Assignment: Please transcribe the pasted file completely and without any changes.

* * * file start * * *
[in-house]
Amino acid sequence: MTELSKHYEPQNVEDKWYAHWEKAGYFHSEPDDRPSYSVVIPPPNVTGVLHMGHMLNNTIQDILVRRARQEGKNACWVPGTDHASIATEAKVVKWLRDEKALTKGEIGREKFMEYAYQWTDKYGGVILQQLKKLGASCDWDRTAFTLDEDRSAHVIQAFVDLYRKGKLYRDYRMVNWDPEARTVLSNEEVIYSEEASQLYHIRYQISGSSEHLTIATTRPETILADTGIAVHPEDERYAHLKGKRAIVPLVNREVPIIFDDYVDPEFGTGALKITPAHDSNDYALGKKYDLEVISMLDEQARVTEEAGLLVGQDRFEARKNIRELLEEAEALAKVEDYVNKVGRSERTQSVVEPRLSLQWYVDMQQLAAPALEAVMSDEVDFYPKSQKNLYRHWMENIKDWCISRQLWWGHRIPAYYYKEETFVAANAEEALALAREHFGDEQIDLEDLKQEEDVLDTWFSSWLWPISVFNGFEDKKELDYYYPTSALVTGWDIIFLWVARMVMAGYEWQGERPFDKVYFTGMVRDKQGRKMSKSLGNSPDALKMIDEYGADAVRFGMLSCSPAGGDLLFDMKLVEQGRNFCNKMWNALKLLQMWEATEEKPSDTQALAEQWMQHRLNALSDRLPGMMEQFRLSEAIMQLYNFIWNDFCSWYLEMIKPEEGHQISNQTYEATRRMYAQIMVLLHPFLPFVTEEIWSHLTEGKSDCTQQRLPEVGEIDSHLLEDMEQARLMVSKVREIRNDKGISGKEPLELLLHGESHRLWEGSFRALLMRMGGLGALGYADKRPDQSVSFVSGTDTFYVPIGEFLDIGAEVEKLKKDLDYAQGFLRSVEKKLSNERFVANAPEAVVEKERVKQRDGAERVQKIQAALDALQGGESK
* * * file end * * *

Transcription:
[in-house]
Amino acid sequence: MTELSKHYEPQNVEDKWYAHWEKAGYFHSEPDDRPSYSVVIPPPNVTGVLHMGHMLNNTIQDILVRRARQEGKNACWVPGTDHASIATEAKVVKWLRDEKALTKGEIGREKFMEYAYQWTDKYGGVILQQLKKLGASCDWDRTAFTLDEDRSAHVIQAFVDLYRKGKLYRDYRMVNWDPEARTVLSNEEVIYSEEASQLYHIRYQISGSSEHLTIATTRPETILADTGIAVHPEDERYAHLKGKRAIVPLVNREVPIIFDDYVDPEFGTGALKITPAHDSNDYALGKKYDLEVISMLDEQARVTEEAGLLVGQDRFEARKNIRELLEEAEALAKVEDYVNKVGRSERTQSVVEPRLSLQWYVDMQQLAAPALEAVMSDEVDFYPKSQKNLYRHWMENIKDWCISRQLWWGHRIPAYYYKEETFVAANAEEALALAREHFGDEQIDLEDLKQEEDVLDTWFSSWLWPISVFNGFEDKKELDYYYPTSALVTGWDIIFLWVARMVMAGYEWQGERPFDKVYFTGMVRDKQGRKMSKSLGNSPDALKMIDEYGADAVRFGMLSCSPAGGDLLFDMKLVEQGRNFCNKMWNALKLLQMWEATEEKPSDTQALAEQWMQHRLNALSDRLPGMMEQFRLSEAIMQLYNFIWNDFCSWYLEMIKPEEGHQISNQTYEATRRMYAQIMVLLHPFLPFVTEEIWSHLTEGKSDCTQQRLPEVGEIDSHLLEDMEQARLMVSKVREIRNDKGISGKEPLELLLHGESHRLWEGSFRALLMRMGGLGALGYADKRPDQSVSFVSGTDTFYVPIGEFLDIGAEVEKLKKDLDYAQGFLRSVEKKLSNERFVANAPEAVVEKERVKQRDGAERVQKIQAALDALQGGESK